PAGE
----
||Henry H. Hooyer
||Cornell Maritime Press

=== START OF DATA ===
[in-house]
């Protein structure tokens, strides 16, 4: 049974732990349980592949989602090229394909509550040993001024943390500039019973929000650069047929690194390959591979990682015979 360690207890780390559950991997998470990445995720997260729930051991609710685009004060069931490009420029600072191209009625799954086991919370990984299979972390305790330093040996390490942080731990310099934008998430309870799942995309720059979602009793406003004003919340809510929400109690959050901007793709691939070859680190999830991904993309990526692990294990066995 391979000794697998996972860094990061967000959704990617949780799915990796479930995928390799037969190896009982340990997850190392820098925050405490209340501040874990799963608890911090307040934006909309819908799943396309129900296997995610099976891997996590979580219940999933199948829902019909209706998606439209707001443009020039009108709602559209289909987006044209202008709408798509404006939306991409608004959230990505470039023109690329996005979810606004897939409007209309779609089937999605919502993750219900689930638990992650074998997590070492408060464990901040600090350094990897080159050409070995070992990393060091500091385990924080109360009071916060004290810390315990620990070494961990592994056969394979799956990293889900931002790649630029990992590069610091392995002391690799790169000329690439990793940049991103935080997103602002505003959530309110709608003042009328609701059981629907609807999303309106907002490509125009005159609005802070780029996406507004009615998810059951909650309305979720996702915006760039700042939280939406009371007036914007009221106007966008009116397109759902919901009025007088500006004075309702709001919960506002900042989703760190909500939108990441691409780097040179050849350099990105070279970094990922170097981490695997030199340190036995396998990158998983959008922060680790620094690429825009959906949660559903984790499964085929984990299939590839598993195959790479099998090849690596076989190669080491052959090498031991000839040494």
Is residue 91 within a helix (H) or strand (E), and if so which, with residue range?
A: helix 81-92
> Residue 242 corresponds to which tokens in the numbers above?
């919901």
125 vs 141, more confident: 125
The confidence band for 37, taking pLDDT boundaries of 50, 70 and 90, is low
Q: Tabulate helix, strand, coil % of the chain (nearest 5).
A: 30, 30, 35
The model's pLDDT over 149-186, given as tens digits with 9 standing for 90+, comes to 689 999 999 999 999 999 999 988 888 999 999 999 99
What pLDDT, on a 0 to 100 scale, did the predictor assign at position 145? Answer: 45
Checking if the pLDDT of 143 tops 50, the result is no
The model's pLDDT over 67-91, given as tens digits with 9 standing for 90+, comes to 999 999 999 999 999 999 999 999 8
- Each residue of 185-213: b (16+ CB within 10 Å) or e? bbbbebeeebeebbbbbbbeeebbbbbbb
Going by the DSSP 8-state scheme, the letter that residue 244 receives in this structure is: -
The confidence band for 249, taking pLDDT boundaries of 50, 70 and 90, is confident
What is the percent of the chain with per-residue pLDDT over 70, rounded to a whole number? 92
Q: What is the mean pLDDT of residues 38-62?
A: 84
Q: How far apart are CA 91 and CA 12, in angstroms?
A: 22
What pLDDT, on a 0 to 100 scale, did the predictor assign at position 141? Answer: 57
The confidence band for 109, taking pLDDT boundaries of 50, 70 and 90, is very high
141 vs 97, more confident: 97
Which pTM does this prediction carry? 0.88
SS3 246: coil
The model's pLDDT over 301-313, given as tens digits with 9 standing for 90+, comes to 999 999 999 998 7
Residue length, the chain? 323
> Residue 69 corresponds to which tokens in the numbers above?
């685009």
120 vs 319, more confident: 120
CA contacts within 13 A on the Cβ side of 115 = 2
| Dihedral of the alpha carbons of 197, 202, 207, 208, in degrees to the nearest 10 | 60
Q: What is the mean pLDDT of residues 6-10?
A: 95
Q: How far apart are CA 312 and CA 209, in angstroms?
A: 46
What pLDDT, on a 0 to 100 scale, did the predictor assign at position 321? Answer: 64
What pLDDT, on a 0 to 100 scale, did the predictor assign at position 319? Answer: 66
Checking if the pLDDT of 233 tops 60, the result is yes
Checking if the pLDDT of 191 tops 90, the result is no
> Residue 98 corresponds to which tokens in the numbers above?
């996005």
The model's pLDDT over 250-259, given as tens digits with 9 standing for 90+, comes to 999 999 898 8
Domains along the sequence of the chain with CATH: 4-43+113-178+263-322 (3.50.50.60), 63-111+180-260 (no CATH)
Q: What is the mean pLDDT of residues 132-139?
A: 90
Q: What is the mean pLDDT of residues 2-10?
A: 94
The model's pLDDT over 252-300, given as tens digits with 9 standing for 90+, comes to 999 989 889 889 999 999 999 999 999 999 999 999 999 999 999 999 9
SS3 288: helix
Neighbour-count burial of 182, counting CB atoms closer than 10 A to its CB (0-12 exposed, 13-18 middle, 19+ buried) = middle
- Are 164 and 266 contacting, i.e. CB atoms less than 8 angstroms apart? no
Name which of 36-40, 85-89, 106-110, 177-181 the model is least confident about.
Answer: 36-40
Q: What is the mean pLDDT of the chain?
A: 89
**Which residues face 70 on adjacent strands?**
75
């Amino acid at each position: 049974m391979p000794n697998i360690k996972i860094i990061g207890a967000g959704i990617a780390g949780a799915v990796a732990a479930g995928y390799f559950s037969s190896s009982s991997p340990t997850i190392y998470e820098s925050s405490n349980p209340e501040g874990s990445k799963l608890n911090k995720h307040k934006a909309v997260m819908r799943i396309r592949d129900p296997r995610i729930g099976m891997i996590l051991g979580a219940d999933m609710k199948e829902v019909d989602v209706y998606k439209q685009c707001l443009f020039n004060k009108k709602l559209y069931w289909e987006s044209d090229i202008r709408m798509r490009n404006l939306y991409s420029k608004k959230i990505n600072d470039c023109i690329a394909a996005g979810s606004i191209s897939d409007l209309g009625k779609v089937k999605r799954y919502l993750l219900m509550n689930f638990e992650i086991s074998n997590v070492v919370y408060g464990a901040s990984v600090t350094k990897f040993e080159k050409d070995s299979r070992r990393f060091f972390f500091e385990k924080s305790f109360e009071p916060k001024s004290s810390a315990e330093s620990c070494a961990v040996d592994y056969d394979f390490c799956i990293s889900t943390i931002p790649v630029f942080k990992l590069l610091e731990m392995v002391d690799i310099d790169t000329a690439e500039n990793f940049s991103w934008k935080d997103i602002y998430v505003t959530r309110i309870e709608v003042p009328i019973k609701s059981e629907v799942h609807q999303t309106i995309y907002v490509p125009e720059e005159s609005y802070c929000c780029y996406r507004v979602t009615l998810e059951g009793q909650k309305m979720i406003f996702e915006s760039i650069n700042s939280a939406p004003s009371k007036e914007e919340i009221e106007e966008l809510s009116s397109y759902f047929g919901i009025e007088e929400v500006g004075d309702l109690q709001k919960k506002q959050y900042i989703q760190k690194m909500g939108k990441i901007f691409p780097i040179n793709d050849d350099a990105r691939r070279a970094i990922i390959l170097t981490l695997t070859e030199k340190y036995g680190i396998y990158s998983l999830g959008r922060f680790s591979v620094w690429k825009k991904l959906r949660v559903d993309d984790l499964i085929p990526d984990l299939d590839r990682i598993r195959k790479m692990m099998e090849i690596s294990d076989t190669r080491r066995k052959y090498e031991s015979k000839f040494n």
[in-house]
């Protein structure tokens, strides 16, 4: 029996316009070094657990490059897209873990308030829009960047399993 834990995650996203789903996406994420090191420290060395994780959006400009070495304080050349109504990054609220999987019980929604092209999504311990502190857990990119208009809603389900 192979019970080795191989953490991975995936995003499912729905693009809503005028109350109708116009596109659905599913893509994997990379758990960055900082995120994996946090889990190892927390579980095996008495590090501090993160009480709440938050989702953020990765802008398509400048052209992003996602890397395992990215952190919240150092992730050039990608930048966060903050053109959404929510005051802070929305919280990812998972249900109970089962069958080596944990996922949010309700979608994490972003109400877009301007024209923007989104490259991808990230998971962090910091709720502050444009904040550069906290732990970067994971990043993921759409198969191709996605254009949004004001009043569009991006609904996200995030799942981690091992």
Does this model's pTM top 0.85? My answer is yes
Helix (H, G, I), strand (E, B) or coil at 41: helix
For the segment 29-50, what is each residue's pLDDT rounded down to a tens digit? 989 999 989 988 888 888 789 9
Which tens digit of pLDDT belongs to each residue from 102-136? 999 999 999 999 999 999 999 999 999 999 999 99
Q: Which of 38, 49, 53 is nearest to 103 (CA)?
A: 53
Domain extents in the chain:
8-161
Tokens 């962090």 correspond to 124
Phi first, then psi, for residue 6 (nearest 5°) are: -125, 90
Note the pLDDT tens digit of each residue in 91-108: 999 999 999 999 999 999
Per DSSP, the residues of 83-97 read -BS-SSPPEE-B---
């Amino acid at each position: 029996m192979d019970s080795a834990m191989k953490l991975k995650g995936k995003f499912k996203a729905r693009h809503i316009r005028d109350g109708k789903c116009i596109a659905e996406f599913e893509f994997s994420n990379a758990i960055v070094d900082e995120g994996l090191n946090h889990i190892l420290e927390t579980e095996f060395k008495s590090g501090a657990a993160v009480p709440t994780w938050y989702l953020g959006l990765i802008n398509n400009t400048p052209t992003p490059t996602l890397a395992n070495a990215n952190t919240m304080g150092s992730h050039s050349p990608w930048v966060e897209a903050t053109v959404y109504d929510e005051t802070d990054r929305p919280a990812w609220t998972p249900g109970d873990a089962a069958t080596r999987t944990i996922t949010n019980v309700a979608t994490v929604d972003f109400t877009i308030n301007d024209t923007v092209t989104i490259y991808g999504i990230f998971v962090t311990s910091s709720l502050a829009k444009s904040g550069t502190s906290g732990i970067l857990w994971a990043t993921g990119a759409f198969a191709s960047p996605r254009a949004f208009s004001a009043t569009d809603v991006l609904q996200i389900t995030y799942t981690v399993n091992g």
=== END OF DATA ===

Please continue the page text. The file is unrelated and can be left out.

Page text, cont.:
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In order to know the possibilities and limitations of the big tankers, one should have an opportunity to try (hem out without a risk. Such an opportunity does, in fact, exist at the Shiphandling Training Center at Port Revel near Grenoble. France, where a fleet of model tankers in scale one to twenty-five is operated on a lake. Not only do ship models offer a unique opportunity to handle scale replicas of big tankers under different conditions, but they also offer an instructive overall view on the manoeuvre in a protracted time. As a consequence of working in scale, there is a lot of shiphandling in this miniature world in a comparatively short time, as the action—in the one to twenty-five scale—is five times faster than in real life. While I was observing and analyzing the manoeuvres on the lake, it became clear to me that the position of the pivot point plays a crucial role in explaining the ship's behaviour. When the actual pivot point is taken into account, every movement of the ship can be seen as a logical result of the effect offerees acting on the ship. Scale model and prototype are affected in the same way insofar as forces under control, the natural element water and the capriciousness of wind-force and wind direction are concerned. There is. of course, the difference in size and time scale, but the outcome of the manoeuvre is the same, in performance as well as in sensation. Sidon, Lebanon, offered me an opportunity to come back to the real ships. And, I experienced again the similarity of the real ship to the model as I had before experienced the similarity of the model to the real sliip when I came from the busy oil-handling port of Aruba to the Ship-handling Training Center. Although I had never handled a ship in a conventional sea berth, the operation was familiar to me because of practice on the lake at Port Revel...